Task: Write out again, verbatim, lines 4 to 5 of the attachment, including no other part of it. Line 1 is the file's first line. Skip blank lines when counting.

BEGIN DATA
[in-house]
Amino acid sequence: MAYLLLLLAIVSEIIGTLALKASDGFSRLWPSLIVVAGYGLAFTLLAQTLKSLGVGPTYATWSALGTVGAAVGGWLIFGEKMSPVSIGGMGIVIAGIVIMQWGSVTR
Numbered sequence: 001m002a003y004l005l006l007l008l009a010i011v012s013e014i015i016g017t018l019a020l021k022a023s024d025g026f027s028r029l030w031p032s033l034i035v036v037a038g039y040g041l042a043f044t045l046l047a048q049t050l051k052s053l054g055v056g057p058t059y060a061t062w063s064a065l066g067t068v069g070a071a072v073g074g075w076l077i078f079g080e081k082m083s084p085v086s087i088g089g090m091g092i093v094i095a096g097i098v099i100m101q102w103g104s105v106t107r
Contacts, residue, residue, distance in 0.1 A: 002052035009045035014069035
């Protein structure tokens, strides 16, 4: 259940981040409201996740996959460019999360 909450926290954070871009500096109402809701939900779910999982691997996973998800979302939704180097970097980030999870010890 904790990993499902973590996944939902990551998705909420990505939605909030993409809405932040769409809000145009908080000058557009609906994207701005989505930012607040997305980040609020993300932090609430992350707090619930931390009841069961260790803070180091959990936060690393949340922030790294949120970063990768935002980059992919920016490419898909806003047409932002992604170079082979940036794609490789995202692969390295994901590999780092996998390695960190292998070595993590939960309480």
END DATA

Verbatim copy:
Contacts, residue, residue, distance in 0.1 A: 002052035009045035014069035
């Protein structure tokens, strides 16, 4: 259940981040409201996740996959460019999360 909450926290954070871009500096109402809701939900779910999982691997996973998800979302939704180097970097980030999870010890 904790990993499902973590996944939902990551998705909420990505939605909030993409809405932040769409809000145009908080000058557009609906994207701005989505930012607040997305980040609020993300932090609430992350707090619930931390009841069961260790803070180091959990936060690393949340922030790294949120970063990768935002980059992919920016490419898909806003047409932002992604170079082979940036794609490789995202692969390295994901590999780092996998390695960190292998070595993590939960309480």